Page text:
Q&A: Reality honcho Burnett dives into "Shark Tank"

Thu Jul 9, 2009 5:52am EDT
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By James Hibberd

LOS ANGELES (Hollywood Reporter) - Mark Burnett, the Emmy-winning producer of such reality shows as "Survivor," "The Apprentice" and "Are You Smarter Than a 5th Grader?," is at it again.

His latest venture, ABC's "Shark Tank," premieres August 9 and offers entrepreneurs the chance to have their products become reality, if they can convince a panel of real-life business moguls -- the sharks -- to part with their money.

Speaking from an undisclosed location in the South Pacific, where the 19th season of "Survivor" is being filmed, Burnett chatted about his new series, the need to change Emmy rules and the iconic show he calls "part 'Swiss Family Robinson,' 'Cast Away' and 'Lord of the Flies.'"

The Hollywood Reporter: Do you think it's significant that "Shark Tank" is the only new reality show that has made it to the fall broadcast TV schedule?

Mark Burnett: "Shark Tank" is an extremely high-quality (show). The people at ABC and Disney love it. It feels like (it) belongs up there with great dramas. (The contestants) are high and dry. They've got great ideas or existing small businesses that they can't take to the next level. At the same time these wealthy investors are looking to invest. It really is that golden opportunity -- and maybe the last opportunity -- for some of these people, so you really can feel the genuine tension and drama in the air.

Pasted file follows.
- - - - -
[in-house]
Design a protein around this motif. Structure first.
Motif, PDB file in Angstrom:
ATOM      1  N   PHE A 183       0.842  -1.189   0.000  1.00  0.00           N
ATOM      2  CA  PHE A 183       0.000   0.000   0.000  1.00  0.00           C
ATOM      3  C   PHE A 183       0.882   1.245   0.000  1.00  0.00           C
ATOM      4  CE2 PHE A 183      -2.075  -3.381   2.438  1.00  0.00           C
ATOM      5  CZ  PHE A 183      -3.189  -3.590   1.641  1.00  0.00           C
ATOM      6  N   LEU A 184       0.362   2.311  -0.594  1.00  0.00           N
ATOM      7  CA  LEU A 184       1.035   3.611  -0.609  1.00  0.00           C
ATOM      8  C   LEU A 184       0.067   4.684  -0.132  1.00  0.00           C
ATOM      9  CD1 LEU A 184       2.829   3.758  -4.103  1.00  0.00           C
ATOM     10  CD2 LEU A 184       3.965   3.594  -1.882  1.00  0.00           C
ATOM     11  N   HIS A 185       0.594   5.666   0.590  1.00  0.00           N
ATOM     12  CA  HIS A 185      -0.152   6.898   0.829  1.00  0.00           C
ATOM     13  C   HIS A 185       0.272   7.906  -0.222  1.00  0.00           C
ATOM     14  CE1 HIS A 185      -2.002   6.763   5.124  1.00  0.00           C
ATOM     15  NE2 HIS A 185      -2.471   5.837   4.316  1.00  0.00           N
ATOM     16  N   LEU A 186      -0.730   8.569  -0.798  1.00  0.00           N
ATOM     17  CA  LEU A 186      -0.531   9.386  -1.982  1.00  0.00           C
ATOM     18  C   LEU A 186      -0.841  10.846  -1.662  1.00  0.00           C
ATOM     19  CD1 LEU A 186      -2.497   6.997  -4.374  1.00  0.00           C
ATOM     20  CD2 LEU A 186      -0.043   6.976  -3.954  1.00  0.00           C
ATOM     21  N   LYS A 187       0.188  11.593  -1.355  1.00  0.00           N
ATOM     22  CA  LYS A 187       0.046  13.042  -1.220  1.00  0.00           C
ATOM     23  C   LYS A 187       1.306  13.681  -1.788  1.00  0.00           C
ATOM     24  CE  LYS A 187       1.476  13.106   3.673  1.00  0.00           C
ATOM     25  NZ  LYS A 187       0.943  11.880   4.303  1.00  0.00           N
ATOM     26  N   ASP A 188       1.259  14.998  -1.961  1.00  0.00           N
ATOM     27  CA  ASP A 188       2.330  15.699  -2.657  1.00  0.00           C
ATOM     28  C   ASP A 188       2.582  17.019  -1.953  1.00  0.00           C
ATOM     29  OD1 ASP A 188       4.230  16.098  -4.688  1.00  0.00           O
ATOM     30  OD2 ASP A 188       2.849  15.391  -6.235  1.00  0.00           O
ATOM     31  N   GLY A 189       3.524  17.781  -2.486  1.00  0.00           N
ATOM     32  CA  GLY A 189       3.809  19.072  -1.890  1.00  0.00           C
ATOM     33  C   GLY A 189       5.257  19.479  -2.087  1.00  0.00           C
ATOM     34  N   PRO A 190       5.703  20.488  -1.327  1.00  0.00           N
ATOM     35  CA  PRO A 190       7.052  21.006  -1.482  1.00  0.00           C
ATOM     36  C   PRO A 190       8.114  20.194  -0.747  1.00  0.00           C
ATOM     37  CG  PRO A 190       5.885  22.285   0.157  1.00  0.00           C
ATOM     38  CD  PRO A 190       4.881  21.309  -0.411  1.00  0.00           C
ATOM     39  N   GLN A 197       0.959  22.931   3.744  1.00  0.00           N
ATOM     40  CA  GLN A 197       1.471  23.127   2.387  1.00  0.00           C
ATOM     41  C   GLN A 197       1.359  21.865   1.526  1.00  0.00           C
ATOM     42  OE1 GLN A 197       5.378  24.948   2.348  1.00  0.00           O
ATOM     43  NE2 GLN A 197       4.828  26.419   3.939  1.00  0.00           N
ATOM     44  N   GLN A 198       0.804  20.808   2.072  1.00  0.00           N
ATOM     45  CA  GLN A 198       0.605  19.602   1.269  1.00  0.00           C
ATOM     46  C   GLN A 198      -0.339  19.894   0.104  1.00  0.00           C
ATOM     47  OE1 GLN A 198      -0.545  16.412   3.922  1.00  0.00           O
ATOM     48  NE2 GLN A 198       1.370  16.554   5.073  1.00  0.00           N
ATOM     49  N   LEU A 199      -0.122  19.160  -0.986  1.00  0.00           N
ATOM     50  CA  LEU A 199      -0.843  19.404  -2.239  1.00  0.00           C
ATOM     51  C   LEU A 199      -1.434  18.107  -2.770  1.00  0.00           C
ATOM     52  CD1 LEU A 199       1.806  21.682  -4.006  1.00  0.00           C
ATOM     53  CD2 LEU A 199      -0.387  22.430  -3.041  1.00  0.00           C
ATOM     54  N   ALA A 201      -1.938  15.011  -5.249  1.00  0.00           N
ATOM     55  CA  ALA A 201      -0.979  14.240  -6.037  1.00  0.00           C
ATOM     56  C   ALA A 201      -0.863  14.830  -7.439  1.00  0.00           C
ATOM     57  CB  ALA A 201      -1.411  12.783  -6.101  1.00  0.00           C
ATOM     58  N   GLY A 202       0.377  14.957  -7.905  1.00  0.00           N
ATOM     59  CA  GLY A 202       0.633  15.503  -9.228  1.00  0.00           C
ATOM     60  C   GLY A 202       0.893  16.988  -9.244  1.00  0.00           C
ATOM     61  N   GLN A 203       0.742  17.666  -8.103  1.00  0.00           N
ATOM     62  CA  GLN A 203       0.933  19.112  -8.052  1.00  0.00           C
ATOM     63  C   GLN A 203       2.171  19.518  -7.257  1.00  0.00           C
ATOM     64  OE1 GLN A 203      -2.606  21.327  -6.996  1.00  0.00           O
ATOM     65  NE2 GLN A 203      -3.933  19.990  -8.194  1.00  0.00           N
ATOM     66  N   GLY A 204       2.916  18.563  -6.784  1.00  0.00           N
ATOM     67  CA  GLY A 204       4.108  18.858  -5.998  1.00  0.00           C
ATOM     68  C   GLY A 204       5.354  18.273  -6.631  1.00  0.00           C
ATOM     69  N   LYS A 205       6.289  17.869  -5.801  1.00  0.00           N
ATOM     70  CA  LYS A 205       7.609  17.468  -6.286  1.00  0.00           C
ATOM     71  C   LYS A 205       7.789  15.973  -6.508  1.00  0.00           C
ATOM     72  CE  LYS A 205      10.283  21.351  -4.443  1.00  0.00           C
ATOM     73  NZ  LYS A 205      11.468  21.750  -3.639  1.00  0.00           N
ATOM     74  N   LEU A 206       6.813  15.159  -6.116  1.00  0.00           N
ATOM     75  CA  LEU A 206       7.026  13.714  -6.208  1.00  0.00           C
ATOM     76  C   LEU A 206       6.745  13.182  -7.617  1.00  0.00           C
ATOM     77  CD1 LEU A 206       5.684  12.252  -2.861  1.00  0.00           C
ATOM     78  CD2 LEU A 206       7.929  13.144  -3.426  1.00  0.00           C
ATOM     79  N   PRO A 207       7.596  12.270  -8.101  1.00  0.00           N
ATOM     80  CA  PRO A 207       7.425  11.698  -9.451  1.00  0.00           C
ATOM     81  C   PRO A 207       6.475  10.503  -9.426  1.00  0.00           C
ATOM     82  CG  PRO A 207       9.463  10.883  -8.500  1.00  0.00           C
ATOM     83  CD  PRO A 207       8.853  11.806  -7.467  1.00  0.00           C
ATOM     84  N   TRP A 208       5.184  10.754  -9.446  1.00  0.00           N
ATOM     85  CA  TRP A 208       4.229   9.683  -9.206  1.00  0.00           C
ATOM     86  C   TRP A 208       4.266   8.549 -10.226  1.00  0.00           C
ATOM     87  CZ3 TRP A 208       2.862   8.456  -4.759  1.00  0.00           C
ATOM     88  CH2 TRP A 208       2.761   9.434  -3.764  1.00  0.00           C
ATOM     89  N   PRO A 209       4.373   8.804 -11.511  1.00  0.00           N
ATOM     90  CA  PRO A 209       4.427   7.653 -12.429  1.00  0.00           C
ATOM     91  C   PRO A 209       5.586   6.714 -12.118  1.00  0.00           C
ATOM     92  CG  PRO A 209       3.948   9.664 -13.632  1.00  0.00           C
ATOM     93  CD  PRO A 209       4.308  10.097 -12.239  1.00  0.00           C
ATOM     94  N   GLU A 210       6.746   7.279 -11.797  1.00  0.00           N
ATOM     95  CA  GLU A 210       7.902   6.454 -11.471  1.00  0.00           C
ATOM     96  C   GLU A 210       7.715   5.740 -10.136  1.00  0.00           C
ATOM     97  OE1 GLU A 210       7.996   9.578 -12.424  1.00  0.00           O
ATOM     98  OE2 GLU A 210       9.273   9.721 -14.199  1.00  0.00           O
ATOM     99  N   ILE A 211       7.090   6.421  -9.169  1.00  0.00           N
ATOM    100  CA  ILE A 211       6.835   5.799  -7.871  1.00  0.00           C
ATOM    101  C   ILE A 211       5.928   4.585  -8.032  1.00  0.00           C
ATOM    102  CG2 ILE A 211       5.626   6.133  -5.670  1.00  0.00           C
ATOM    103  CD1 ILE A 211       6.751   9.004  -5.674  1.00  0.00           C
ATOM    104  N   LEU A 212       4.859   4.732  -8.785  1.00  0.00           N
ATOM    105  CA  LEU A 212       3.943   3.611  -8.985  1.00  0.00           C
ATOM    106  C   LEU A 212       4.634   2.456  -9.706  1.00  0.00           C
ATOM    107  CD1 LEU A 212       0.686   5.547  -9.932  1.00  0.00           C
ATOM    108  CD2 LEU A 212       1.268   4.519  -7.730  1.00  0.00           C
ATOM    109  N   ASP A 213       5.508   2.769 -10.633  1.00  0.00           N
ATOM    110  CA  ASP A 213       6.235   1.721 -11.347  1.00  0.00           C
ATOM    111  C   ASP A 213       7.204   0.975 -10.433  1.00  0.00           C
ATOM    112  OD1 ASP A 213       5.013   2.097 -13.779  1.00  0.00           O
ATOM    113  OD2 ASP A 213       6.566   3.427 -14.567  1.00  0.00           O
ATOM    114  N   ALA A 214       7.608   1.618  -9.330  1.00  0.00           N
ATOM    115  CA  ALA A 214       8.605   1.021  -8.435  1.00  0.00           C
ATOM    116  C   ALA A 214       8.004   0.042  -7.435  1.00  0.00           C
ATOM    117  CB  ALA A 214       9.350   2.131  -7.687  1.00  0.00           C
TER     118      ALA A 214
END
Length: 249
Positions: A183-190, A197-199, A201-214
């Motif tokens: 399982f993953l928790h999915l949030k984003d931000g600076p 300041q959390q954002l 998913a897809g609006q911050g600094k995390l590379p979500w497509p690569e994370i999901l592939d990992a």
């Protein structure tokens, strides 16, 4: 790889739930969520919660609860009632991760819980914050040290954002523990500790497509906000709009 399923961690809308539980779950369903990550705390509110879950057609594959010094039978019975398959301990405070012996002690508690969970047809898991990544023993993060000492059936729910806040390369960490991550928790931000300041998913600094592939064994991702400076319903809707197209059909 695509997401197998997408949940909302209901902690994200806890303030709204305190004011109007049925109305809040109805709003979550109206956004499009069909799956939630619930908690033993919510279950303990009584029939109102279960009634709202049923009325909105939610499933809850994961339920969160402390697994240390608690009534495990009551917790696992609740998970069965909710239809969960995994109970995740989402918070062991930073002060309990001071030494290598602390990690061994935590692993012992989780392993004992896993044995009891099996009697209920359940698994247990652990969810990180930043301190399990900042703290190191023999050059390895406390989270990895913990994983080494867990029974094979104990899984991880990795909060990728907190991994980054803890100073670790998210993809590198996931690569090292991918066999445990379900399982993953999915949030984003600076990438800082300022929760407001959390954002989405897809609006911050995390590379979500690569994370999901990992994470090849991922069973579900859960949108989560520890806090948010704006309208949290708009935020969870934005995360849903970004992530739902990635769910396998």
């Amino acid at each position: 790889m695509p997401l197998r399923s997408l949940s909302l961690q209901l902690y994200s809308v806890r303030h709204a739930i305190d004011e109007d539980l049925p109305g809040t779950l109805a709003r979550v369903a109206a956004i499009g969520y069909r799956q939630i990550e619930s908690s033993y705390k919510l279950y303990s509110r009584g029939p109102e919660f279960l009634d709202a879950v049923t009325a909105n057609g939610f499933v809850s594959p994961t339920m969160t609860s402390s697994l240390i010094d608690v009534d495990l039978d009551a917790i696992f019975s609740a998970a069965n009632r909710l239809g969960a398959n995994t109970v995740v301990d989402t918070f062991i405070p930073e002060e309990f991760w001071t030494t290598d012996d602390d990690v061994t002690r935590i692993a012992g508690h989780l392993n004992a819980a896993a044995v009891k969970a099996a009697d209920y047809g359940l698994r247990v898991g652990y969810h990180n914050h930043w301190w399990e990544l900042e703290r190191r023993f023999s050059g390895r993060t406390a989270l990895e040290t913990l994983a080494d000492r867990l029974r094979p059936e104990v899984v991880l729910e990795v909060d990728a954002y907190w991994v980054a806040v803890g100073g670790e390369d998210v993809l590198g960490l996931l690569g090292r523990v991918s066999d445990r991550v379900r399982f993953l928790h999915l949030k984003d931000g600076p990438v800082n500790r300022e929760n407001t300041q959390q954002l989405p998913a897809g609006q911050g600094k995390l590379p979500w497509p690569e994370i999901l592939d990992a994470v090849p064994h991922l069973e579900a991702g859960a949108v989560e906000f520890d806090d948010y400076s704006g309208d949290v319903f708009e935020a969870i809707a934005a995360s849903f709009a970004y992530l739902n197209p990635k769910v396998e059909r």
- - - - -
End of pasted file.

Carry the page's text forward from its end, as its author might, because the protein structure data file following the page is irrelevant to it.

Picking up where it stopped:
THR: Reality shows used to be considered counterprogramming. On the fall schedule, if nothing changes, there will be three reality shows, including "Shark Tank," on at the same time. Does that worry you at all?

Burnett: If you can't play in the big leagues, then you can only make it when you play against weak opposition. You're never going to win the championship. Two or more shows can make it in the same time slot. I'm not frightened by it. Only a weak person would be not willing to go forward unless it was easy.

THR: You executive produced the recent MTV Awards. In retrospect, was the Bruno stunt a good idea?   Continued...

<p>Television producer Mark Burnett signs autographs after accepting a star on the Walk of Fame in Hollywood, California July 8, 2009. REUTERS/Mario Anzuoni</p>